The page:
Saudi Crown Prince Mohammed bin Salman ordered the killing of dissident journalist Jamal Khashoggi, a bipartisan group of senior US senators have alleged after the CIA director gave them a classified briefing on the grisly murder inside the Gulf kingdom's diplomatic mission shocked the world.
Khashoggi, a US resident, was murdered in the Saudi consulate in Istanbul, Turkey, on October 2. After initially denying the murder, Riyadh has acknowledged that Khashoggi was killed inside the consulate but blamed his death on a "rogue" operation. The Saudis have charged 11 people in the case.
Top officials from the administration of President Donald Trump have said they have seen no direct evidence linking the murder of the 59-year-old journalist to Mohammed, but the CIA reportedly has found a link, US media reported.
The spy agency has evidence he exchanged messages with Saud al-Qahtani, who allegedly oversaw Khashoggi's murder when he went to the consulate to obtain paperwork for his upcoming marriage. Haspel, who has reportedly heard an audio recording of the murder, has briefed President Trump about it last month.
"I think he's complicit in the murder of Mr. Khashoggi to the highest level possible," Graham said.
"There's not a smoking gun, there's a smoking saw," said Graham, referring to reports that the Saudi team had included a forensic expert who arrived in Istanbul with equipment to dismember Khashoggi's body.
Senator Richard Shelby, Republican of Alabama and the Appropriations Committee Chairman, echoed that "all evidence points to that, that all this leads back to the crown prince."
"This is conduct that none of us in America would approve of in any way," Shelby said.
Another senator, Bob Corker, told reporters, using the crown prince's initials: "I have zero question on my mind that the crown prince MBS ordered the killing."
The Tennessee Republican added: "If he was in front of a jury, he would be convicted in 30 minutes. Guilty."
Corker suggested that President Donald Trump had condoned the murder of a journalist by refusing to condemn the Saudi crown prince.
The clear and unusually biting assessment put Republican senators at odds with the White House, which has steadfastly refused to cast blame on Saudi Arabia's leadership for the grisly death of Khashoggi, a Washington Post columnist, the New York Times reported.
President Trump has said the CIA findings on the crown prince were not conclusive.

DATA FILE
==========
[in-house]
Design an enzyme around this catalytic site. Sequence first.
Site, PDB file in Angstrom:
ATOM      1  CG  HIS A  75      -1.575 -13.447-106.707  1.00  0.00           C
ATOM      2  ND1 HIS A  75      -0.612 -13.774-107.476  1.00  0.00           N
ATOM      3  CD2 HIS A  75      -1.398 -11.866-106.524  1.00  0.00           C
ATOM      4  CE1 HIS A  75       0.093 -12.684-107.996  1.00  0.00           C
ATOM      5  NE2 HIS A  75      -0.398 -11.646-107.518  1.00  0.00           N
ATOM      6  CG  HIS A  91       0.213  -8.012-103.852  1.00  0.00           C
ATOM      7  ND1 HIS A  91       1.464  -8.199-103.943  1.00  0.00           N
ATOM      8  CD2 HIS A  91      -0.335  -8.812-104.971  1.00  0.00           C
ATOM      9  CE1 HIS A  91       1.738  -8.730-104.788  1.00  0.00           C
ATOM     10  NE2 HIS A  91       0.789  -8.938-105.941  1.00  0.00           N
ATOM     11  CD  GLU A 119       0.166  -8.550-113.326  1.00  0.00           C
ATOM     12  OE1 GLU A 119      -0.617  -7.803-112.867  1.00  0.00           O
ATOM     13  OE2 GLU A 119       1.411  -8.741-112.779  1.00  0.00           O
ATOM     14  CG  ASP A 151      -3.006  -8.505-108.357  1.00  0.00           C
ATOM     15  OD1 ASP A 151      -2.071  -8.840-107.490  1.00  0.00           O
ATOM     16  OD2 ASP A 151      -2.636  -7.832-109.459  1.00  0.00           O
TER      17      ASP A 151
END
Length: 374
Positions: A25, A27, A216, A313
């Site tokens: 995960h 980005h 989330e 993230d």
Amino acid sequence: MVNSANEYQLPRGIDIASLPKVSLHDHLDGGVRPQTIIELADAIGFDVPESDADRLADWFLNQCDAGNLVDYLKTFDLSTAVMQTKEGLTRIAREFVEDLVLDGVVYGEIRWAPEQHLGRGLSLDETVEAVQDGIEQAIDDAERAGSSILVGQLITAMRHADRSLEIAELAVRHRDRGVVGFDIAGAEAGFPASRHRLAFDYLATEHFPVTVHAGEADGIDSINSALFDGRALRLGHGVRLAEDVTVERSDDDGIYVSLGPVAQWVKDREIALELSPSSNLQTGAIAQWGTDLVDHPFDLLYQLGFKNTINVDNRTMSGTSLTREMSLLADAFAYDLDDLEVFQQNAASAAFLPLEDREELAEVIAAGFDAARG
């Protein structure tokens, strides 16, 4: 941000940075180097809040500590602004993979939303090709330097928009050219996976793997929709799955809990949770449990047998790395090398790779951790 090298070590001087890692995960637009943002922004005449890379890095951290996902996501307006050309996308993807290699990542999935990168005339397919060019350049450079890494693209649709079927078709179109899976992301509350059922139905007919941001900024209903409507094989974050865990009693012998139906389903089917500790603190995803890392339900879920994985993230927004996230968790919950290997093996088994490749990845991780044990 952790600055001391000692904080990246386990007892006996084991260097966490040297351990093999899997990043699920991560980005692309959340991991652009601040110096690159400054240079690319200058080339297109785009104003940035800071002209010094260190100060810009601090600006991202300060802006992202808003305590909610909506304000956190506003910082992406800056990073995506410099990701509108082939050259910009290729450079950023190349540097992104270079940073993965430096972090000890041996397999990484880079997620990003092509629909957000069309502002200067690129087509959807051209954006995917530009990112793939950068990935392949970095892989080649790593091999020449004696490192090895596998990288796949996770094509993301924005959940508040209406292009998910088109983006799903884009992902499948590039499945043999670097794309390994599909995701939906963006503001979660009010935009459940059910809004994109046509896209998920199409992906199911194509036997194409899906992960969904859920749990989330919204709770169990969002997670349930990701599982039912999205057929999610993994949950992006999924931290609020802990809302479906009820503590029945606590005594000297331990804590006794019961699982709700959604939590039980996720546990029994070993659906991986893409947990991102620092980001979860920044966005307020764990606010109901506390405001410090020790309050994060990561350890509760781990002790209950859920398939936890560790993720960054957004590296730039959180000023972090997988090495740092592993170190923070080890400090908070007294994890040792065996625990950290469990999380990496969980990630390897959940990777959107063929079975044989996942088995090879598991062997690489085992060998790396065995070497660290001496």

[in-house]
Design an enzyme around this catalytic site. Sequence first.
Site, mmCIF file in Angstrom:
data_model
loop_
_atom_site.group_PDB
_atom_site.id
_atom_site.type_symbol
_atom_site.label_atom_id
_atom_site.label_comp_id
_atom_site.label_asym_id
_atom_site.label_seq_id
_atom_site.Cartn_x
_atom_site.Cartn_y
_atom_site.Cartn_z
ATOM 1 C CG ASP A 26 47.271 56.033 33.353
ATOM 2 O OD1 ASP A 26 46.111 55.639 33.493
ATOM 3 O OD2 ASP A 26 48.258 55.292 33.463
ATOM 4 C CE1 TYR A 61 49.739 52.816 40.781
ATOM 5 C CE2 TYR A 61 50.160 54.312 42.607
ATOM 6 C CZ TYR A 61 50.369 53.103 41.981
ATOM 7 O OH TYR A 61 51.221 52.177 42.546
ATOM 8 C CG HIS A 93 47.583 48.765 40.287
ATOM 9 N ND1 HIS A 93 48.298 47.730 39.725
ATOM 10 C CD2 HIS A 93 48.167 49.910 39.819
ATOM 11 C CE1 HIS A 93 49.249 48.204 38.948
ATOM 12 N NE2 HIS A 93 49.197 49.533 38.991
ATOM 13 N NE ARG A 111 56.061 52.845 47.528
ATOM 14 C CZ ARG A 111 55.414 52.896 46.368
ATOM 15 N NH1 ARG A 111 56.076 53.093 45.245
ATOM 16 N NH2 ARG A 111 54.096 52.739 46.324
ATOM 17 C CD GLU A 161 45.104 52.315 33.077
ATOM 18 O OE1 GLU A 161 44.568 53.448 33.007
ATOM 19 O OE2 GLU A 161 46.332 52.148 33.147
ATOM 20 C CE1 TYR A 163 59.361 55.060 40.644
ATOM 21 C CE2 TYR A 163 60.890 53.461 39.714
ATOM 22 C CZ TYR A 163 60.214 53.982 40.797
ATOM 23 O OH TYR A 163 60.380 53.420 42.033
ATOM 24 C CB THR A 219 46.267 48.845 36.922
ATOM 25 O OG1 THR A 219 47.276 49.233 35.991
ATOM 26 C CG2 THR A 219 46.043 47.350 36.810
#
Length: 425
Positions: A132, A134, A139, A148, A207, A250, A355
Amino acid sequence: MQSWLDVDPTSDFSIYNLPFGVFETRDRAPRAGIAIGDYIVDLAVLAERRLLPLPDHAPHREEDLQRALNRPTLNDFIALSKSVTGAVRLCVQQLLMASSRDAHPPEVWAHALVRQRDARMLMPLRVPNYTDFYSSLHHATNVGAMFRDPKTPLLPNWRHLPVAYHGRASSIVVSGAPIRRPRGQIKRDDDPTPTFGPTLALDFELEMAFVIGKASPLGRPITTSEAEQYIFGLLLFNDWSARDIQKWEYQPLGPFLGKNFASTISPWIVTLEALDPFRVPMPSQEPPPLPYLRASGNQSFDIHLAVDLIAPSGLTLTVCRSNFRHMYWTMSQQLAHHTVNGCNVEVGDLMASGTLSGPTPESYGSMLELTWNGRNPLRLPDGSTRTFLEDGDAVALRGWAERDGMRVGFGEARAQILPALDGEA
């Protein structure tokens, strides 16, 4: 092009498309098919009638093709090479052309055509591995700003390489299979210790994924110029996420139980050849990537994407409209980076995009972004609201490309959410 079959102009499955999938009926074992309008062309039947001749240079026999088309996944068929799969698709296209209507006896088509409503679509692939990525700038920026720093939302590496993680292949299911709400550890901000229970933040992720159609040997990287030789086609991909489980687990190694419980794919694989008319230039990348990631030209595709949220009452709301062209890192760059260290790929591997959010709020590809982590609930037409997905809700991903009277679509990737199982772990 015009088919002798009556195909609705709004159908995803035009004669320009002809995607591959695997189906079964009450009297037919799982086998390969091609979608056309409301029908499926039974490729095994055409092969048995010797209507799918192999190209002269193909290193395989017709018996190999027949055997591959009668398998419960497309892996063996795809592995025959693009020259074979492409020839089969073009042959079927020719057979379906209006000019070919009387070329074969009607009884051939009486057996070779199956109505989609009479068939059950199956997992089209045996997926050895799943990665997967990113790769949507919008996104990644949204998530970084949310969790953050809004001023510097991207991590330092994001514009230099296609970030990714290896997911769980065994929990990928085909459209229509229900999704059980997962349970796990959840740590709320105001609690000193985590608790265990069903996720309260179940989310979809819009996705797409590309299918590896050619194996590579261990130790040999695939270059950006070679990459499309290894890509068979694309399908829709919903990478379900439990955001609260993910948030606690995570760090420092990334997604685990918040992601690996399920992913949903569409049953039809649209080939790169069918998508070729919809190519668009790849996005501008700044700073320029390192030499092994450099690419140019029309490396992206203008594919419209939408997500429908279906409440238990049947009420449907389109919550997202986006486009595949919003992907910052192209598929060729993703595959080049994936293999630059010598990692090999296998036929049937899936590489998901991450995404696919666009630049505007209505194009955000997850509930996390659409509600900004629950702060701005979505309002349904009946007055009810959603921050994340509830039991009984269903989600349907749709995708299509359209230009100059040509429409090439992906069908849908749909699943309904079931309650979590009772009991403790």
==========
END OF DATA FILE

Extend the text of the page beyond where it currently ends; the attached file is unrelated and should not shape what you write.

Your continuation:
On November 20, he said: "It could very well be that the crown prince had knowledge of this tragic event - maybe he did and maybe he didn't."
Khashoggi's killing prompted international outrage over Saudi Arabia's heavy-handed tactics and renewed attention to the Saudi-led war in Yemen.
Senators were eager to hear directly from Haspel about what officials have described as the CIA's conclusion that Prince Mohammed had ordered Khashoggi's killing, the Times said.
The intelligence agency is also believed to have evidence that the crown prince communicated repeatedly with an aide who commanded the team that assassinated Khashoggi, around the time of the journalist's death in October.
Yet lawmakers remained divided over what steps to take next, after a stinging vote last week to consider a measure cutting off American military aid to Saudi Arabia's bombing campaign, the Times said.
Senator Bob Menendez, a New Jersey Democrat, echoed those views.
He said the US must "send a clear and unequivocal message that such actions are not acceptable in the world's stage".
Senator Chris Murphy, who was not privy to Tuesday's briefing, criticised the Trump administration.
"Not everything needs to be secret," the Connecticut Democrat tweeted.
"If our government knows that Saudi leaders were involved in the murder of a US resident, why shouldn't the public know this?" he said.
Indeed, after Haspel's briefing, the groundswell of certainty and disgust will likely complicate the Trump administration's efforts to protect the prince and its relationship with Saudi Arabia, even as lawmakers have yet to coalesce around a legislative response, CNN reported.
Among the options: pull back from US involvement in the Saudi-led war in Yemen; deny any arms sales with Saudi Arabia; slap the crown prince with sanctions, along with a resolution saying the Senate finds him complicit in murder, it said.
How the legislative push gets resolved is uncertain, but the floor fight could begin as soon as Monday -- and put the Trump administration on the defensive, the network commented.
(This story has not been edited by Business Standard staff and is auto-generated from a syndicated feed.)